Yesterday, my girlfriend Liz and I attended Yankee Stadium for the third time this season. And, all three times, the Yankees have won. Without digging through all my old ticket stubs, I’m relatively certain I’ve never been to a game on July 4th before.
Maybe it’s because I’m older and slightly more jaded than I was as a youngster but I felt as though the tributes to the country on its birthday at the Stadium yesterday were rather lacking. I will, though, say that the woman from West Point who sang the National Anthem and God Bless America (more on this later) had a great voice and brought some life to those songs.
Easily my favorite part of the day was the reading of the Lou Gehrig speech by current Yankees. Though it was recycled, it was still touching. Perhaps showing the whole clip of Gehrig’s speech without anyone else reading would be better, but this still works well. I had to hold back the tears, I’ll admit (“No, babe. It’s just sweat.” An awful lie considering we were shaded in Section 208 until about the 5th inning).
While it was nice to see soldiers scattered throughout the stadium and they got nice hands, it didn’t feel as though there was enough of a reminder that yesterday was the Fourth of July.
Most noticeably absent was a prolonged tribute to The Boss. The display of World Series trophies during the game was a nice subtle reminder of Big Stein’s dominance as an owner, but to put his name on the scoreboard and make mention of it only during the “Fan Marquee” portion of the game seemed wickedly weak to me.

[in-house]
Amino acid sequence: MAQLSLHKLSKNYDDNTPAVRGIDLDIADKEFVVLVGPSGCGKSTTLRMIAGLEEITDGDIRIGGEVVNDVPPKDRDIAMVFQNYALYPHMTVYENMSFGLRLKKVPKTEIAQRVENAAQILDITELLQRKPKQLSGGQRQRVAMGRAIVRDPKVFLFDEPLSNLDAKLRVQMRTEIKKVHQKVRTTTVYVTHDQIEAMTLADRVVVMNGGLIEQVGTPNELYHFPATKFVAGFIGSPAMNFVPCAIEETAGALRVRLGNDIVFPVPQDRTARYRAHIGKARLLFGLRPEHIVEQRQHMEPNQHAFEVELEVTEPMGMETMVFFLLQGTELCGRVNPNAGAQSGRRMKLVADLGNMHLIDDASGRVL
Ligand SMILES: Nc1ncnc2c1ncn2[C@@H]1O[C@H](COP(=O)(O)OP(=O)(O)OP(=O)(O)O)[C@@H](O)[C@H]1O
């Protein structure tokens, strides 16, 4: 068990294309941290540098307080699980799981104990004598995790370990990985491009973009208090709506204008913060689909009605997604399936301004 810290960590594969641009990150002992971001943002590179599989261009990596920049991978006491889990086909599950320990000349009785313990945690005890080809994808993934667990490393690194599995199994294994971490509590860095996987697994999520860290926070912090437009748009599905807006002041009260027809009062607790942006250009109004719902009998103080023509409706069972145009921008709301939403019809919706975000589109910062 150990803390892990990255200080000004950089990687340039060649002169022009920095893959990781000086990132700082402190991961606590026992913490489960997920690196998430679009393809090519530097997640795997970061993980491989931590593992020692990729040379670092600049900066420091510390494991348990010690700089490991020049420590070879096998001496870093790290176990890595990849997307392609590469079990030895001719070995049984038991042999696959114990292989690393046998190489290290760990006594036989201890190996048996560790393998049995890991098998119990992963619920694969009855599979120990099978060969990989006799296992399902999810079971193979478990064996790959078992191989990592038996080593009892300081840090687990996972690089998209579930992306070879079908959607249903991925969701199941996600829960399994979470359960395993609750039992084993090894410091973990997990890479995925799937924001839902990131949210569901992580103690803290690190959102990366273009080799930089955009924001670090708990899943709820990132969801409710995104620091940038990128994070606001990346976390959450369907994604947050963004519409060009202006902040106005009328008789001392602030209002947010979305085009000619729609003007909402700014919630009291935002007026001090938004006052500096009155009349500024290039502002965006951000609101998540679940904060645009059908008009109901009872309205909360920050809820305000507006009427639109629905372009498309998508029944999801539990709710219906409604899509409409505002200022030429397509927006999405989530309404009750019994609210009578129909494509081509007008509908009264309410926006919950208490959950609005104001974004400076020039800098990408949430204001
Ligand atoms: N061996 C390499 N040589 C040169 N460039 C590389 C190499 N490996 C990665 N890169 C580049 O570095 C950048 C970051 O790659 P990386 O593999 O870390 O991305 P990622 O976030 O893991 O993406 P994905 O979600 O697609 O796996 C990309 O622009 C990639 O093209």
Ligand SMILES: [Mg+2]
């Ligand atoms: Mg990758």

As for the other patriotic mumbo jumbo that was lacking, I think I know why. While I’m generally not a fan of empty patriotism, if there’s a time I’ll allow it, it’s the Fourth of July at a baseball game. But in a Yankee world of God Bless America during every seventh inning stretch, that song has lost any bit of specialness it once had. Sure it’s nice when someone sings it live rather than having to hear the scratchy Kate Smith version, but it’s just not that special. Maybe if the Yankees changed it up, at least for a day, and included America the Beautiful, My Country ‘Tis of Thee, or, hell, even This Land Is Your Land. Perhaps then the day would’ve seemed more Fourth of Julyish. Whatever that truly means. Anyway, a belated Happy Birthday, America.
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